As a proper noun giro
is (cycling) the giro d'italia.
As a verb gird is
to bind with a flexible rope or cord or gird
can be to jeer at.
As a noun gird is
a sarcastic remark.
Other Comparisons: What's the difference?
(in Europe) A transfer of funds between different account holders, carried out by the bank according to payer's written instructions.
(British, informal) An unemployment benefit cheque.
The use of paper giros is in decline in favour of electronic payments, which are regarded as faster, cheaper and safer due to the reduced risk of fraud.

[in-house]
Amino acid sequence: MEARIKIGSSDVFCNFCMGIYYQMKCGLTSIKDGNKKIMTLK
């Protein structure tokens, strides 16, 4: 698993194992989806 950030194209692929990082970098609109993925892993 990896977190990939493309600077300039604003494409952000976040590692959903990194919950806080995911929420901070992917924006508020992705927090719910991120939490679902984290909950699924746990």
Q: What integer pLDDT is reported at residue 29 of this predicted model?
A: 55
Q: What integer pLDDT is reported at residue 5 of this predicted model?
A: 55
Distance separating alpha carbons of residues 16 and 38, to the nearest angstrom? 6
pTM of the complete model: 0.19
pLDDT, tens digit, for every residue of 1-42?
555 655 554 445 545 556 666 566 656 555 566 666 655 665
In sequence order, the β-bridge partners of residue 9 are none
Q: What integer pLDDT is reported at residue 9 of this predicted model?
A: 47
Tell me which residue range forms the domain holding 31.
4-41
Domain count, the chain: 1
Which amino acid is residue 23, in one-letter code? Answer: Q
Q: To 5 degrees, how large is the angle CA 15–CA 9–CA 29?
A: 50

To bind with a flexible rope or cord.
To encircle with, or as if with a belt.
- The fasces were girt about with twine in bundles large.
- The lady girt herself with silver chain, from which she hung a golden shear.
To prepare oneself for an action.
- Our home is girt by sea... -
A sarcastic remark.
A stroke with a rod or switch.
A severe spasm; a twinge; a pang.
- I thank thee for that gird , good Tranio.
- Conscience is freed from many fearful girds and twinges which the atheist feels.
To jeer at.
- Being moved, he will not spare to gird the gods.
- Men of all sorts take a pride to gird at me.